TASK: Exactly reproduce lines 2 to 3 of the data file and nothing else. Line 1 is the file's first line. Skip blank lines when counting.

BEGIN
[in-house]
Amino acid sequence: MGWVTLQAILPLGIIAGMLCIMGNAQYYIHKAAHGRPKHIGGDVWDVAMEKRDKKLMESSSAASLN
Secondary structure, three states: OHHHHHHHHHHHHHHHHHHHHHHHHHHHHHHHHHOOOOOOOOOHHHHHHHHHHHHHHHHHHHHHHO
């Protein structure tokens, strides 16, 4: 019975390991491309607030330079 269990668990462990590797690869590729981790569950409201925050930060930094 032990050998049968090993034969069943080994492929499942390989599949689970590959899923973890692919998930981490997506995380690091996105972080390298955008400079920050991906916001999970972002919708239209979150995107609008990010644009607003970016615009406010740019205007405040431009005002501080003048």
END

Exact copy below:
Amino acid sequence: MGWVTLQAILPLGIIAGMLCIMGNAQYYIHKAAHGRPKHIGGDVWDVAMEKRDKKLMESSSAASLN
Secondary structure, three states: OHHHHHHHHHHHHHHHHHHHHHHHHHHHHHHHHHOOOOOOOOOHHHHHHHHHHHHHHHHHHHHHHO